iii. My charge is, of free cost to preach the Gospel, to minister the Sacraments, to instruct the simple, to reform sinners, to confute errors—in brief, to cry alarm spiritual against foul vice and proud ignorance, wherewith many of my dear countrymen are abused.
iv. I never had mind, and am strictly forbidden by our Father that sent me, to deal in any respect with matter of state or policy of this realm, as things which appertain not to my vocation, and from which I gladly restrain and sequester my thoughts.
v. I do ask, to the glory of God, with all humility, and under your correction, three sorts of indifferent and quiet audiences: the first, before your Honours, wherein I will discourse of religion, so far as it toucheth the common weal and your nobilities: the second, whereof I make more account, before the Doctors and Masters and chosen men of both universities, wherein I undertake to avow the faith of our Catholic Church by proofs innumerable—Scriptures, councils, Fathers, history, natural and moral reasons: the third, before the lawyers, spiritual and temporal, wherein I will justify the said faith by the common wisdom of the laws standing yet in force and practice.
vi. I would be loath to speak anything that might sound of any insolent brag or challenge, especially being now as a dead man to this world and willing to put my head under every man's foot, and to kiss the ground they tread upon. Yet I have such courage in avouching the majesty of Jesus my King, and such affiance in his gracious favour, and such assurance in my quarrel, and my evidence so impregnable, and because I know perfectly that no one Protestant, nor all the Protestants living, nor any sect of our adversaries (howsoever they face men down in pulpits, and overrule us in their kingdom of grammarians and unlearned ears) can maintain their doctrine in disputation. I am to sue most humbly and instantly for combat with all and every of them, and the most principal that may be found: protesting that in this trial the better furnished they come, the better welcome they shall be.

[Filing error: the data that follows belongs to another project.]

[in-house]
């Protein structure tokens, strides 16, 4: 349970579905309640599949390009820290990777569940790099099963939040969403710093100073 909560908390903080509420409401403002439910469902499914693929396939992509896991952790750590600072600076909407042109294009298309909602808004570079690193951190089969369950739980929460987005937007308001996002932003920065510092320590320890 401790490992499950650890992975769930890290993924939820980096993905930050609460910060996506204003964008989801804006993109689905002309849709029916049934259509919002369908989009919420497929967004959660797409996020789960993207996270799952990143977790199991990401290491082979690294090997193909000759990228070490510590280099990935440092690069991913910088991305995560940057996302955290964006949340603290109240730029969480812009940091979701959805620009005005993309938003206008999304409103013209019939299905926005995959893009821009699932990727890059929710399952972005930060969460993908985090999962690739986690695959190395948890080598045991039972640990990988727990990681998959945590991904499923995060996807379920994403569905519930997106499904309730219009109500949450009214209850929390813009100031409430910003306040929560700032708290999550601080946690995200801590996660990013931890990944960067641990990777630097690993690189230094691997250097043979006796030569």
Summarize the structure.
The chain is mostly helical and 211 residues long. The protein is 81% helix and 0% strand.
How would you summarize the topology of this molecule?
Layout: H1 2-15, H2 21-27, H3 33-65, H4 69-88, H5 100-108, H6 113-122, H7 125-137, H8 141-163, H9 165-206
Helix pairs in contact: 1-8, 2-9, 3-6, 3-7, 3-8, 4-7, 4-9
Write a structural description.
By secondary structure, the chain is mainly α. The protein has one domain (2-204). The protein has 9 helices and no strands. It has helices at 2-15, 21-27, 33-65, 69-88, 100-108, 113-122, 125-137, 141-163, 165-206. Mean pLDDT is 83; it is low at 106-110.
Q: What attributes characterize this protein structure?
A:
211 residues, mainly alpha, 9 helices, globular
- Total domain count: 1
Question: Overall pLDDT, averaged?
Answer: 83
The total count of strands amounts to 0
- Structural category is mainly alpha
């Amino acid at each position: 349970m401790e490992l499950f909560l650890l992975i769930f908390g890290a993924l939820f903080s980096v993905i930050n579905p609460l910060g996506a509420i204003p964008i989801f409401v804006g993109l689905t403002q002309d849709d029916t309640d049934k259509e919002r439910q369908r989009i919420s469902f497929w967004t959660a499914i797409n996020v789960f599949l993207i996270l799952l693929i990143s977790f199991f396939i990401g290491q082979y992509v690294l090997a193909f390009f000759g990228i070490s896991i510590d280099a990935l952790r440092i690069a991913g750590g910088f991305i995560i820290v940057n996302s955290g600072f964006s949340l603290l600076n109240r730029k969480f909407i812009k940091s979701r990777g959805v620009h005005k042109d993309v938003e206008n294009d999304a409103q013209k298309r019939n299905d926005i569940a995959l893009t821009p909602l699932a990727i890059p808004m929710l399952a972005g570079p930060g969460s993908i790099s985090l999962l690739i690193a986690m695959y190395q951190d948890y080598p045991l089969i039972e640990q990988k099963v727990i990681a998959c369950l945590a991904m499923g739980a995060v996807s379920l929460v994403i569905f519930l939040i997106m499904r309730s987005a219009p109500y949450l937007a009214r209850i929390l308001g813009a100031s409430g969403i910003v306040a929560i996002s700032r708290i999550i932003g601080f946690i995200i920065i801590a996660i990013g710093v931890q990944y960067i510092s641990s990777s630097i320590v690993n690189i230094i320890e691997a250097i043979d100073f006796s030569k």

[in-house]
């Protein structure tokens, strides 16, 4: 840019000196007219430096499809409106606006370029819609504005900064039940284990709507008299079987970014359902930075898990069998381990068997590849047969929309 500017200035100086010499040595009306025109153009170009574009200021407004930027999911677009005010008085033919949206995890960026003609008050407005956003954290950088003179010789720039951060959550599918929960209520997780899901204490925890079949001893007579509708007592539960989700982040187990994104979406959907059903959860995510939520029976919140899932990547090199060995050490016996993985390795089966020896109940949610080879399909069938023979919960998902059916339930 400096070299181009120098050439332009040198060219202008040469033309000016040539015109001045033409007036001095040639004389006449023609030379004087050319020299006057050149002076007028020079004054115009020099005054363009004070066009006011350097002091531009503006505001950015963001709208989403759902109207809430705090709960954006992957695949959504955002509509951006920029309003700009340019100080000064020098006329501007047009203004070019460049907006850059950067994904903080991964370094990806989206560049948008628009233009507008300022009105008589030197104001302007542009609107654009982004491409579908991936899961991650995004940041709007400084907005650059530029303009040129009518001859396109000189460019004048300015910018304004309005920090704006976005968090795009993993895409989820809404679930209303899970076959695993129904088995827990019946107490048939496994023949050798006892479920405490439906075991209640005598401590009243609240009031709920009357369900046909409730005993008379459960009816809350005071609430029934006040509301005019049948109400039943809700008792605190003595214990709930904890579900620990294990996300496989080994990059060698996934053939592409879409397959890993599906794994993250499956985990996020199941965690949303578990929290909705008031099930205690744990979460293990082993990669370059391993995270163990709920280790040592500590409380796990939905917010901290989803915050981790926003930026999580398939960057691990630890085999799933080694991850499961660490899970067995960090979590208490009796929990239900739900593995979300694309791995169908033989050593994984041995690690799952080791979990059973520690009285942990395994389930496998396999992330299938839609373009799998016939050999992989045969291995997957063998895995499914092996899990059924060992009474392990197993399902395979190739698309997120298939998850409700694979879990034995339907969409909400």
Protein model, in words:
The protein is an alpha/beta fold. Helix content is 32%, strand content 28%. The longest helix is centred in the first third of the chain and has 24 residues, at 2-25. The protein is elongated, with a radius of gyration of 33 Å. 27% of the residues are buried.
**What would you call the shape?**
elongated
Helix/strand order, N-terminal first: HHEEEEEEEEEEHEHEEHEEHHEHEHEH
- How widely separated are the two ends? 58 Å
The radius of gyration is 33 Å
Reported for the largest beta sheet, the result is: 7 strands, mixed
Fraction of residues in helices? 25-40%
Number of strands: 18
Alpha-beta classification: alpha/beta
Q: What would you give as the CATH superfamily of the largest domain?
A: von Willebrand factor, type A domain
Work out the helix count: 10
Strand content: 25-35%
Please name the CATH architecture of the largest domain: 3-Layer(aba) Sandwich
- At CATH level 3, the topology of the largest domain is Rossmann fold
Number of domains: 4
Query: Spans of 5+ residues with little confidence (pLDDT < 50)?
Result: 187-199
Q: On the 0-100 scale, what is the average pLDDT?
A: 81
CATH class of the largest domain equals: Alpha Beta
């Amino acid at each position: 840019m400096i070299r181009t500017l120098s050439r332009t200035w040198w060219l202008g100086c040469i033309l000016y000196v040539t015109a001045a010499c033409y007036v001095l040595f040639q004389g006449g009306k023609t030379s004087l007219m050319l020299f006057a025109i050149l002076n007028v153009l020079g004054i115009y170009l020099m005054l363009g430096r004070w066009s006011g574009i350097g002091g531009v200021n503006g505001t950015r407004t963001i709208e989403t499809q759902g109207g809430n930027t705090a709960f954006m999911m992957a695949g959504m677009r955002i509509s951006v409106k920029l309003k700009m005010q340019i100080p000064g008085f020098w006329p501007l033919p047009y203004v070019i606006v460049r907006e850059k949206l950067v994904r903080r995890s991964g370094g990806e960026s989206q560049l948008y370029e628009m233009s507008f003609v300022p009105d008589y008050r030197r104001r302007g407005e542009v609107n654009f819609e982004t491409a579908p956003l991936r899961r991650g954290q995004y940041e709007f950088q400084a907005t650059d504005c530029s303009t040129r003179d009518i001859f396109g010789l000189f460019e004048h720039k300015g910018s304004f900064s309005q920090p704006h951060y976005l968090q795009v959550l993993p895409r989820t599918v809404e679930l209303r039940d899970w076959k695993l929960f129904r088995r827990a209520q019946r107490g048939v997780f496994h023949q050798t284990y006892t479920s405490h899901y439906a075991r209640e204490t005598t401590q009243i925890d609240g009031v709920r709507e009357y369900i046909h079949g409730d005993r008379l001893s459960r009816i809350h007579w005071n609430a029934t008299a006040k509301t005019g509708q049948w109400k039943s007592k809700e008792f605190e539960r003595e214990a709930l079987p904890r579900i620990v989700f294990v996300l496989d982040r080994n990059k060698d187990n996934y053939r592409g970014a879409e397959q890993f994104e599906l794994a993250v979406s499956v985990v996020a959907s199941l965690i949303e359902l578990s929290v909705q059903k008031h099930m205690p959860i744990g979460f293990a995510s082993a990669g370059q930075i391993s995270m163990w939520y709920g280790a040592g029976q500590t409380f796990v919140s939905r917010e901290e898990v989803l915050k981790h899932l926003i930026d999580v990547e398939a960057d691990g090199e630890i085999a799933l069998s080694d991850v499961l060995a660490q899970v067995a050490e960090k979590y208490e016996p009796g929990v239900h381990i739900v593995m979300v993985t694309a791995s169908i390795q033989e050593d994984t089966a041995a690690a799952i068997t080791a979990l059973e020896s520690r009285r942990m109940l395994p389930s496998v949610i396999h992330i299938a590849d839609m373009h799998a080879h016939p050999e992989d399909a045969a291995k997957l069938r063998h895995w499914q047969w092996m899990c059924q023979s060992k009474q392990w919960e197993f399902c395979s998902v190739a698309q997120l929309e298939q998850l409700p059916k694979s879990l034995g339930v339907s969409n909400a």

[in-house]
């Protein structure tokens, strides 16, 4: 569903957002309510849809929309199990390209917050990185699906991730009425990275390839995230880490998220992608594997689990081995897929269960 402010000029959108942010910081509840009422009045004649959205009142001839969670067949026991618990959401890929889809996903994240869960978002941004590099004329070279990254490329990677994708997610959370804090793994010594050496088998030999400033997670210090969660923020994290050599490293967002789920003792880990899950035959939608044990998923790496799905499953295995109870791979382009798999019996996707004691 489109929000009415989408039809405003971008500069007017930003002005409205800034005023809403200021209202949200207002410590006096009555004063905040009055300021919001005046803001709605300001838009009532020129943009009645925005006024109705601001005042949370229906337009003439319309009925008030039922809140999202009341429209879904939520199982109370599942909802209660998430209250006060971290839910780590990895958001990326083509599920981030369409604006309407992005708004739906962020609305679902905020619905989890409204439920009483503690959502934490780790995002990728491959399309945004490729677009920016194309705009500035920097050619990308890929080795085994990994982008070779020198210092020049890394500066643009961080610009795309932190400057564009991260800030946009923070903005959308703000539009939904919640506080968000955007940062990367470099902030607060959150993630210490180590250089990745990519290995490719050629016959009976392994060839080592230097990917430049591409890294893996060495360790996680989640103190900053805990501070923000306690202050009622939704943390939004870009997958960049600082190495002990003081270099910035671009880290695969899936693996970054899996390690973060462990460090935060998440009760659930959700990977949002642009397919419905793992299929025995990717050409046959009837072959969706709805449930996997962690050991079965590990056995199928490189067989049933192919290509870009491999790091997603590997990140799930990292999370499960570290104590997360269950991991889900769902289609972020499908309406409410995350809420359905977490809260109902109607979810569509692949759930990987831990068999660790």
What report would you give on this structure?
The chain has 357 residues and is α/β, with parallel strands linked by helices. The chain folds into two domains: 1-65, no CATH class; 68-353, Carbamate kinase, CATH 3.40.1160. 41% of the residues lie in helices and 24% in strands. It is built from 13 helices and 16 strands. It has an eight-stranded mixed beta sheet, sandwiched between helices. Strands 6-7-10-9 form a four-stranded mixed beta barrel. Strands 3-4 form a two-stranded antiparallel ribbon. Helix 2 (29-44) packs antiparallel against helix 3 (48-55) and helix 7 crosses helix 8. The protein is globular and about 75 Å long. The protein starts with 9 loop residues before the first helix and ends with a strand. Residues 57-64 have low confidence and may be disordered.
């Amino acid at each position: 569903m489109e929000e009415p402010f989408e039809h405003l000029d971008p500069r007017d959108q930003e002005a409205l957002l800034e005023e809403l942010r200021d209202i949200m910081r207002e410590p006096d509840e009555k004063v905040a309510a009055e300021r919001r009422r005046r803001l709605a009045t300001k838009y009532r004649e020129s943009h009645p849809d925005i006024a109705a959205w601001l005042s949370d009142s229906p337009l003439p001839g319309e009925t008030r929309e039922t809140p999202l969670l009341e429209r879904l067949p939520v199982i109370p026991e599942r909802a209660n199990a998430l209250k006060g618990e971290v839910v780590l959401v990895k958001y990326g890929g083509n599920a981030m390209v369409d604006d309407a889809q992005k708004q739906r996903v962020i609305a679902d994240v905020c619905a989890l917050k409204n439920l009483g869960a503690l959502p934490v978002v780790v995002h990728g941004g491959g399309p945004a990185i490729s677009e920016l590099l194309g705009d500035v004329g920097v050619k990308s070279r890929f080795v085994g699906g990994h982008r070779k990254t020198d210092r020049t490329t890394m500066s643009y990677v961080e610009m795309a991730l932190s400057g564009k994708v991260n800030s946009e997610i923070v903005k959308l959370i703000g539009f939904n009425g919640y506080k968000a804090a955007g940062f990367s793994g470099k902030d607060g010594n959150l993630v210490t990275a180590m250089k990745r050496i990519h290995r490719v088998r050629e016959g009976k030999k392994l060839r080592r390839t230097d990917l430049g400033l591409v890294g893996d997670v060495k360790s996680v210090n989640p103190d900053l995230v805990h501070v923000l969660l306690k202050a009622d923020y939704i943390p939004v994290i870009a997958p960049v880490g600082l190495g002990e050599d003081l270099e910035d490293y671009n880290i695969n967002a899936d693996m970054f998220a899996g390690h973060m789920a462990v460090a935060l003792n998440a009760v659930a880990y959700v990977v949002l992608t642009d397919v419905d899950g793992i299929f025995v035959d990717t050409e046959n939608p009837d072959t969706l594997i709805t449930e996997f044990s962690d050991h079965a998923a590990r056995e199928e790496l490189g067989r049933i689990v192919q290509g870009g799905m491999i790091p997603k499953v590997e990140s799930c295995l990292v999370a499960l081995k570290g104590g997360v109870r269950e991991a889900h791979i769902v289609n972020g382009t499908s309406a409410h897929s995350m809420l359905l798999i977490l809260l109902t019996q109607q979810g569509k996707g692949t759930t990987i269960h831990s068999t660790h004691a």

vii. And because it hath pleased God to enrich the Queen my Sovereign Lady with notable gifts of nature, learning, and princely education, I do verily trust that if her Highness would vouchsafe her royal person and good attention to such a conference as, in the second part of my fifth article I have motioned, or to a few sermons, which in her or your hearing I am to utter such manifest and fair light by good method and plain dealing may be cast upon these controversies, that possibly her zeal of truth and love of her people shall incline her noble Grace to disfavour some proceedings hurtful to the realm, and procure towards us oppressed more equity.
viii. Moreover I doubt not but you, her Highness' Council, being of such wisdom and discreet in cases most important, when you shall have heard these questions of religion opened faithfully, which many times by our adversaries are huddled up and confounded, will see upon what substantial grounds our Catholic Faith is builded, how feeble that side is which by sway of the time prevaileth against us, and so at last for your own souls, and for many thousand souls that depend upon your government, will discountenance error when it is bewrayed [revealed], and hearken to those who would spend the best blood in their bodies for your salvation. Many innocent hands are lifted up to heaven for you daily by those English students, whose posterity shall never die, which beyond seas, gathering virtue and sufficient knowledge for the purpose, are determined never to give you over, but either to win you heaven, or to die upon your pikes. And touching our Society, be it known to you that we have made a league—all the Jesuits in the world, whose succession and multitude must overreach all the practice of England—cheerfully to carry the cross you shall lay upon us, and never to despair your recovery, while we have a man left to enjoy your Tyburn, or to be racked with your torments, or consumed with your prisons. The expense is reckoned, the enterprise is begun; it is of God; it cannot be withstood. So the faith was planted: So it must be restored.